Life After High School Must Include Education or Training
By Mary Helt Gavin | Evanston Round Table | Nov. 7, 2012
Gone are the days of “career track” and “college track” at Evanston Township High School, said Shelly Gates, chair of Applied Sciences and Technologies at the high school.
A lot can be said for focusing on employable skills, Ms. Gates said, but cautioned that learning those skills may have to continue after high school.
“We’re trying to get away from the idea that kids can get enough training in high school. … All kids need some postsecondary education. We help kids figure out their skills and what they will do next. Kids have a right to know what they’re going to do next, why they’ll be going to do it and how much it will cost them,” she says.
Brian Stone’s business practicum – one of two at ETHS, the other in health sciences – exposes students to the workplace of the real world along with classroom studies. They have to have a job or internship for the class.
He helps the young people get jobs through a combination of teaching them practical skills and “knocking on doors.”
One week is spent in learning about applying for a job: how to dress up, create a resume and cover letter, and holding mock interviews.
“They pick the job they want and I pretend I’m from the company,” he told the RoundTable.
“When students have jobs, it really changes the conversation [in the class]. There’s more ownership; they’re dealing with other people outside the building.”
Ian Byron works at Noodles & Company after school and on weekends. “I didn’t get the job through this class,” he said, but he thinks it offers “a great step forward in finding a job …. I have learned what it takes to get a job …. Mr. Stone has the ability to connect with jobs and employers. He talked to my boss [when I was washing dishes], and I got a promotion. I have to sacrifice my weekends to my job – no time for hanging around. It gets frustrating. I just want to get out of here. Having a job helps you to take responsibility, clear my head, focus, be ready and leave personal stuff behind.” He is a senior but has not solidified his plans for next year.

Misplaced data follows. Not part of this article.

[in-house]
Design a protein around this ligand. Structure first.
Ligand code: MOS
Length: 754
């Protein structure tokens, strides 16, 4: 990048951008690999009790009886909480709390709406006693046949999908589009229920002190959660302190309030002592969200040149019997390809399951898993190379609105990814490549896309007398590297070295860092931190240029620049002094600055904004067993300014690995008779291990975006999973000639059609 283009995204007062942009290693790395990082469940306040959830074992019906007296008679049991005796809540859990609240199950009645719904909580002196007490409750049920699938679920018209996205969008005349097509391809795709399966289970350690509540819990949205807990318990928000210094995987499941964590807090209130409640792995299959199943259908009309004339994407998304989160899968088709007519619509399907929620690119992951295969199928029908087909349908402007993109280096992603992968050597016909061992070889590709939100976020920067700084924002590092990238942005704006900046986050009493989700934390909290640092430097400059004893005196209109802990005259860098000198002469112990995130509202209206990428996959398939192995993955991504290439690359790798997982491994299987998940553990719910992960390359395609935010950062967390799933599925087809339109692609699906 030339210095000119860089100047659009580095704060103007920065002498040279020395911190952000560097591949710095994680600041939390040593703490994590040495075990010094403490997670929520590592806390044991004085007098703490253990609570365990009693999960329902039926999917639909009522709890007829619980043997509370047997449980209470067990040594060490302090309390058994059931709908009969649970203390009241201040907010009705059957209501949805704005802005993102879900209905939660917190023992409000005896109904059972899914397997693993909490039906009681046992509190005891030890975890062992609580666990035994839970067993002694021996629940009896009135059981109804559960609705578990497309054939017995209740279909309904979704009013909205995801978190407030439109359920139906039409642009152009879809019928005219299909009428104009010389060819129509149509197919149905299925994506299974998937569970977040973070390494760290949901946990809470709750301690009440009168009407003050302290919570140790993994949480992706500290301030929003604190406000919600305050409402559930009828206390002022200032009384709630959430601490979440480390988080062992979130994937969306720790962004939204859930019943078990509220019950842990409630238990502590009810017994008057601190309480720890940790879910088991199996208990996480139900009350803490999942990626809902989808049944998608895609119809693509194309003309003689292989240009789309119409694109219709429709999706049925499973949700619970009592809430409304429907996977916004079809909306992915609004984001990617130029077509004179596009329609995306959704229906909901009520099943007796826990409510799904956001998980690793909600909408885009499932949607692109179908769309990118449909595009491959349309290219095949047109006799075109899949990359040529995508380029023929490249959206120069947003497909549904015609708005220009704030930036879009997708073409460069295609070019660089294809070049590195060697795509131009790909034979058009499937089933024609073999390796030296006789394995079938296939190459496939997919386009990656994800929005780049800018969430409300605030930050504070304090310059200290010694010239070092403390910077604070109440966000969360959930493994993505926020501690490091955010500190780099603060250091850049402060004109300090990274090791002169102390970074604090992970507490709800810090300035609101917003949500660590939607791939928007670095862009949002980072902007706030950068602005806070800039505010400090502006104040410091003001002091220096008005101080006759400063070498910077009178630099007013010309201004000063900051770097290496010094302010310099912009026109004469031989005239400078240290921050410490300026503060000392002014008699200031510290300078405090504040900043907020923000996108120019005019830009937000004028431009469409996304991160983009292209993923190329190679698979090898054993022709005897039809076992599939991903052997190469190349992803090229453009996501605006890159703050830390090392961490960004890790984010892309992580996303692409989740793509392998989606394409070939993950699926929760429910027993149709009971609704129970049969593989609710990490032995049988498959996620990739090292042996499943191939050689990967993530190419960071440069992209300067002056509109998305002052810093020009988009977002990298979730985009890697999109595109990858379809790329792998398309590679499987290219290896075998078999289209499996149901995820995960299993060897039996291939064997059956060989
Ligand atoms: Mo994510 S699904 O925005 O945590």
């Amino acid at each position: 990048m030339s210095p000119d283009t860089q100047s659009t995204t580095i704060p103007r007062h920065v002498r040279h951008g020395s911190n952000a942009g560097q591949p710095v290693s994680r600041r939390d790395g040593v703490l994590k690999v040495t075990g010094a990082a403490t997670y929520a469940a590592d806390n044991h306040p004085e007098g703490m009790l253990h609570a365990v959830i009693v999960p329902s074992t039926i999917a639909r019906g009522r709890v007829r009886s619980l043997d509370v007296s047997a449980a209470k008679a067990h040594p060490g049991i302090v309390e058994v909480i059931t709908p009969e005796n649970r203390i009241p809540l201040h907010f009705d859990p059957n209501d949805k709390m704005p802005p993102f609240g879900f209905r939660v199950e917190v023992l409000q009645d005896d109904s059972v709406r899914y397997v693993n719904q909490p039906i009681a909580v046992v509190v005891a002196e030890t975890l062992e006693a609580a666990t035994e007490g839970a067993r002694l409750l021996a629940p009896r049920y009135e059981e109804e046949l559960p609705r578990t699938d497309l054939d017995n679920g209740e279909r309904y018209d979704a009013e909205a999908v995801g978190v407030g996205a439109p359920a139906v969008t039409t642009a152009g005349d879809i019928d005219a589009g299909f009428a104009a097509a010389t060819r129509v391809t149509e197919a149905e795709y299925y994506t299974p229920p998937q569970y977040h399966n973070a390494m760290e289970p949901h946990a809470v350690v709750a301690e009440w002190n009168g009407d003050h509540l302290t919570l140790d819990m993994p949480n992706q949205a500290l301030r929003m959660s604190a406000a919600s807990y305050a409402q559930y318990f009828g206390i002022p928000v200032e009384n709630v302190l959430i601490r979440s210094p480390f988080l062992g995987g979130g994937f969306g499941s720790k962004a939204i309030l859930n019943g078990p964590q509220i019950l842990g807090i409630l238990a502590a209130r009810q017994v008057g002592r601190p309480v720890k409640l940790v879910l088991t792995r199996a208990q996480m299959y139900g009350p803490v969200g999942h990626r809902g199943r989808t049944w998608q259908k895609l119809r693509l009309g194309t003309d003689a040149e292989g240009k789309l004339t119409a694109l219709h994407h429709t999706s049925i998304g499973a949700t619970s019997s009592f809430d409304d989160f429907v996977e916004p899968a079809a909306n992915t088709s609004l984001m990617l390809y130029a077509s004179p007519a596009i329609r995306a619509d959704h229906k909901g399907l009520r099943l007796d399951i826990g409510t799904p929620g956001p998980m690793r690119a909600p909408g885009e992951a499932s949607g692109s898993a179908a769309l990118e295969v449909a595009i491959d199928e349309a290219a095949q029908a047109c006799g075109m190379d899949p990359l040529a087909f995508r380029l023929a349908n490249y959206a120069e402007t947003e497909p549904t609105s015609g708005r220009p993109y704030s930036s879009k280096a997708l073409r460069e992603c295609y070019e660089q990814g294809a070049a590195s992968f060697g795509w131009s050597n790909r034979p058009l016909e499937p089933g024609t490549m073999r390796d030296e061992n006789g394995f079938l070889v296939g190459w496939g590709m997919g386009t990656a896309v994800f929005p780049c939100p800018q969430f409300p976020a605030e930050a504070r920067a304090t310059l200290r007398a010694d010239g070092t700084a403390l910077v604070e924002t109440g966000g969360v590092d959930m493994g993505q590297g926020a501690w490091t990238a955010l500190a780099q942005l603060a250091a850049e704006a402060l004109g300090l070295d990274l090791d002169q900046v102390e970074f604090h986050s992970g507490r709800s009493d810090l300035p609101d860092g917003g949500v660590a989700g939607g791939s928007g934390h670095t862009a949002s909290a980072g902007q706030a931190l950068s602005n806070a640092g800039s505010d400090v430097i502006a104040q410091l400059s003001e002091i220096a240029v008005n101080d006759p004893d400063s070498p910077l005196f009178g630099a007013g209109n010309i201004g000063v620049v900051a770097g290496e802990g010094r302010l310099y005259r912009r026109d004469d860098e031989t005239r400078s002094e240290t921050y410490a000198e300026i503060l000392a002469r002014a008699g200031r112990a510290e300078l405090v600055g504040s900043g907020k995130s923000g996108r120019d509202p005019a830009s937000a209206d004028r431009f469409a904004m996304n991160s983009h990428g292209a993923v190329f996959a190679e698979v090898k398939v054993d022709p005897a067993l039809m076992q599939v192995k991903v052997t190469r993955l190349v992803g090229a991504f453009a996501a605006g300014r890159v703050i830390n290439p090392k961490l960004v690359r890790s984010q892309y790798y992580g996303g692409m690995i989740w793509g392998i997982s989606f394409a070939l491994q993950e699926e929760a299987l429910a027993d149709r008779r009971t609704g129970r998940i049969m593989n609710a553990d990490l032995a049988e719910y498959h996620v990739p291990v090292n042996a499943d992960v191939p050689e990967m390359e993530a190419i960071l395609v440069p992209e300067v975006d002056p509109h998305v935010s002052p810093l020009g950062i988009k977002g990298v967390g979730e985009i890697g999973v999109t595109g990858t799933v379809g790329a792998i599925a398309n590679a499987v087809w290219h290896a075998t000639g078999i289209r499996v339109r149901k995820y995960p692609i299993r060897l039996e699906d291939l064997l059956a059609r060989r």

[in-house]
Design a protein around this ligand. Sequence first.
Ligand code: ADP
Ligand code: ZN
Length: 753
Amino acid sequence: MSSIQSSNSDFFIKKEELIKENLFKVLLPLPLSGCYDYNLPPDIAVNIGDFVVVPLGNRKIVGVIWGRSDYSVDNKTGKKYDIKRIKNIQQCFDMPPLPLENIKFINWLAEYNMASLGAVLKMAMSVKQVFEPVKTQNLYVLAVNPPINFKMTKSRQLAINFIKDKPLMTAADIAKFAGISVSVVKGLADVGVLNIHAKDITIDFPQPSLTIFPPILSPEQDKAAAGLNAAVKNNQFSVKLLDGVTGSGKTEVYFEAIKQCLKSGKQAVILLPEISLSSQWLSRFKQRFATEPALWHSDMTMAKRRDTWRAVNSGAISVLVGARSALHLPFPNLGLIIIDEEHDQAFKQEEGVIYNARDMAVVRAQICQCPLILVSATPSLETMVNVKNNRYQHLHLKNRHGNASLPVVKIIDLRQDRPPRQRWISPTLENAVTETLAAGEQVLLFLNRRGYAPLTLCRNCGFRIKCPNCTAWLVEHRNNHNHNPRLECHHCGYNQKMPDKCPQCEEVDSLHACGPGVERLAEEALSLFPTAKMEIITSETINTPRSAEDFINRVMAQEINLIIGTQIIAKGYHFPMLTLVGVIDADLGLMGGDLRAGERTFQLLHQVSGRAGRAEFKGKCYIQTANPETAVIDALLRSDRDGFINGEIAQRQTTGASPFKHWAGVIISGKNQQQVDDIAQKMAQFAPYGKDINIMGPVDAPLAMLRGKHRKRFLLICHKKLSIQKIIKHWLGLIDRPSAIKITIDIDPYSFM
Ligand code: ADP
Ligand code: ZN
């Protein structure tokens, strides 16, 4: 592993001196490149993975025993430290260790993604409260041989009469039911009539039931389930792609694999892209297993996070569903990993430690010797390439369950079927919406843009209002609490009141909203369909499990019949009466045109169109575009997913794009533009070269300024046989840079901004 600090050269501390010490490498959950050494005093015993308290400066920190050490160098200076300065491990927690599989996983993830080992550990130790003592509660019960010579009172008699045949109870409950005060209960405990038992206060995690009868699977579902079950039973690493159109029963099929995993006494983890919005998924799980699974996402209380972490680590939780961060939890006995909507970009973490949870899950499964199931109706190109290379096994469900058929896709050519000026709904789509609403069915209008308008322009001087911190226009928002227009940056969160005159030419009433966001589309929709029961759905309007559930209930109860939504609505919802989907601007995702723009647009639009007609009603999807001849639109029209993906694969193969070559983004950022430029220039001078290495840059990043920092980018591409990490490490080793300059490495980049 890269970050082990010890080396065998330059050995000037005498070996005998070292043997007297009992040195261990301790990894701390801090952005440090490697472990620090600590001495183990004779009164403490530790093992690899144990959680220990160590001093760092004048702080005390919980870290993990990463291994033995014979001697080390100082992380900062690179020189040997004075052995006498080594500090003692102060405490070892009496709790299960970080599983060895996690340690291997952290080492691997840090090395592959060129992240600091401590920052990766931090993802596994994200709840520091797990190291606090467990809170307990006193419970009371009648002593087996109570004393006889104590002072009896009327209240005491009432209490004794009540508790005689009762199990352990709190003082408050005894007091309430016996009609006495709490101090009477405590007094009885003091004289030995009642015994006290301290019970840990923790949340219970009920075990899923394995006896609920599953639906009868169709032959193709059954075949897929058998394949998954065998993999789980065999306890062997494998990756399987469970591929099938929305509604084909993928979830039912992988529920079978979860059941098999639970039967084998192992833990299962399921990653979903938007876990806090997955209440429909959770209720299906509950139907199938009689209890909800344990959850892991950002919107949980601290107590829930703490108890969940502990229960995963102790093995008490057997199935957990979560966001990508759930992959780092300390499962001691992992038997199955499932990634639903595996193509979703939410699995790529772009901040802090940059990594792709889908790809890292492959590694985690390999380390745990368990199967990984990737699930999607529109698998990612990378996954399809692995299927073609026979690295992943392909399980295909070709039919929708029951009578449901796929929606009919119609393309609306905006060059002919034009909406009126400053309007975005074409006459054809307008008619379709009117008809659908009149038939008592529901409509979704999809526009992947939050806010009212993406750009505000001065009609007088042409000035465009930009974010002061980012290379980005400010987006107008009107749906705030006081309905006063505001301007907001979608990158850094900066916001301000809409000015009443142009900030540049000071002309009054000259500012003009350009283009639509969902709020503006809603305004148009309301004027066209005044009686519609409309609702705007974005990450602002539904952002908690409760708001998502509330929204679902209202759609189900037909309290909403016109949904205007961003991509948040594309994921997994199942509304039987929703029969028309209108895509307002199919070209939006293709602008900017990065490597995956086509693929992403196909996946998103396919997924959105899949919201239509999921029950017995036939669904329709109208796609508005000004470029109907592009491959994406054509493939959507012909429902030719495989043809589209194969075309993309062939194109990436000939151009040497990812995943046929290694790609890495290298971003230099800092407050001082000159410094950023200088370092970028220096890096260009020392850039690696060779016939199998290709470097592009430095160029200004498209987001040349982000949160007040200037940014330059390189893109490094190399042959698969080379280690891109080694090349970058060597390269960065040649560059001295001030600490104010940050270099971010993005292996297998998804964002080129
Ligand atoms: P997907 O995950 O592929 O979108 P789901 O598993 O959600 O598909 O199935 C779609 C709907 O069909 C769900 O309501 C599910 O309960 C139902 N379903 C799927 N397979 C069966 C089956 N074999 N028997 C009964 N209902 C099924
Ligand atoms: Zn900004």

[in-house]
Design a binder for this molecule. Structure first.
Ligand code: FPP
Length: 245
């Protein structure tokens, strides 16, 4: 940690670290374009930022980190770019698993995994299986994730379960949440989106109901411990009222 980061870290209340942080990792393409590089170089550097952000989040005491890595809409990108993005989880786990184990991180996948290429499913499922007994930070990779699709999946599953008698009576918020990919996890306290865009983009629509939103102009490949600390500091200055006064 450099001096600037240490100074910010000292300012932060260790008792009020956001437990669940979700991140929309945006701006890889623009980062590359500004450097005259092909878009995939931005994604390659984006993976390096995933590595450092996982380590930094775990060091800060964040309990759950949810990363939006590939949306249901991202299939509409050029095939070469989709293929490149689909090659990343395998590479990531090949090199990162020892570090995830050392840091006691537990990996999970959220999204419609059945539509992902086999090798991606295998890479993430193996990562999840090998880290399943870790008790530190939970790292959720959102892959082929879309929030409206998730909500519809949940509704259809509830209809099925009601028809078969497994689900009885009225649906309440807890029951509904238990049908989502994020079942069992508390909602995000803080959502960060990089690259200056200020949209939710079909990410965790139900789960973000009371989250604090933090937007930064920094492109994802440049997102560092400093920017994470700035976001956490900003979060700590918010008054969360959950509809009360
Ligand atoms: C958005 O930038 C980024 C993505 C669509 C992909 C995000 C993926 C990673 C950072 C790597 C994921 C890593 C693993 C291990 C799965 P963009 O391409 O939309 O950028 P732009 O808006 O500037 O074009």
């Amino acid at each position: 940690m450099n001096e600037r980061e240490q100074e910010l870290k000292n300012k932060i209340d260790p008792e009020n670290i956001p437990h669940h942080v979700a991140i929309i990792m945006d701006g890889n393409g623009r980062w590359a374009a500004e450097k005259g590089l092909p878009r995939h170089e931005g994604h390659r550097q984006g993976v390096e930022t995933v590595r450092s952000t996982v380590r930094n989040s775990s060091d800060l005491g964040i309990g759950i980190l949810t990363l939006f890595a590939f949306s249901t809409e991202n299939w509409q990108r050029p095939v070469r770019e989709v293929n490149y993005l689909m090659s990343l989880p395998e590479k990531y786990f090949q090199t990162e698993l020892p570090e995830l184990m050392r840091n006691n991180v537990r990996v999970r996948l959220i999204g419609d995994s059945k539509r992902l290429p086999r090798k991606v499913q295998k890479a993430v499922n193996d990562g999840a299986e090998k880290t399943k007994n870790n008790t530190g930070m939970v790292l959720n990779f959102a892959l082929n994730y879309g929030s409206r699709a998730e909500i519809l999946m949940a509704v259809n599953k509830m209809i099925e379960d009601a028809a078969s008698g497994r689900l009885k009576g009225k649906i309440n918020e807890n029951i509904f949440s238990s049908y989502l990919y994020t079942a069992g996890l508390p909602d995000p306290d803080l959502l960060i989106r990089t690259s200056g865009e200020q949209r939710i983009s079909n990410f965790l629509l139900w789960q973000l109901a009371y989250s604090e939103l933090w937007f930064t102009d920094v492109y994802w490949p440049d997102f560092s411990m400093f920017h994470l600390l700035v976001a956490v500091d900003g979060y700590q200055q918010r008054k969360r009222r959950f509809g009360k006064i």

Horland Patterson works at concessions at Century Theatres but also “moves around to other positions.”
Rush hours – the busiest times for him – are the hours of 7, 8 and 9 p.m. – when there is “a lot of work dealing with people’s attitudes and anger.”
He plans to attend college next year and “study something business-related” but would like to stay at the job for a while.
In addition to learning skills and earning money, students are collecting experiences that may help in the painful process of applying for college.
“Small colleges love to see students have work experiences and internships,” Mr. Stone said.
Asked how he is able to connect with students in his dual role of job-shepherd and teacher, he said, “Laughter. The first thing I learned is that in order for students to learn, they have to trust you.”
Mission Is Possible and Personal in Mr. Stone’s Business Practicum at ETHS
In Brian Stone’s year-long, six-credit business practicum, students have to attend class and complete homework as in other Evanston Township High classes, but to get credit for the course, each must find a job or an internship.
By the end of October, most of this year’s 20 students had a job, an internship or significant extra-curricular involvements, so Mr. Stone added something new to help students clarify their plans for the future: He invited Diane Testa of Koi Consulting Group to help them craft personal mission statements.
Over four class periods Ms. Testa guided the students toward articulating their passion. “Your passion is your power,” she told the students. “What excites you? What angers you? What three things would you teach?” she asked.
The responses might surprise those who think a teen’s world extends little beyond music, phones and Saturday night: “war, our country is always at war;” “the number of homeless people, people who go without food, lights, water;” “regret, pain;” “when people die or hurt others or feel like they shouldn’t help others;” “the negativity that’s in all of us.”
The students then refined and condensed their responses into four words – three verbs and a noun – that would form the backbone of their mission statements. Students appeared to be open to questions from Ms. Testa that aimed toward clarification.
“What area or field do you mean when you say ‘excellence’?” she asked a student. “Excellence in sports” was the reply.
One student’s mission statement was “Appreciate others, embrace our differences, remember those who are often forgotten.”
“Who are the often forgotten?” Ms. Testa asked.
“Homeless people,” the student replied.
“Oh, the 99 percent,” said a classmate.
Shelly Gates, head of the Department of Applied Sciences and Technologies at ETHS, visited the class for one session. “I think every kid who graduates from high school should have a mission statement,” she said, adding, “These kids really care.”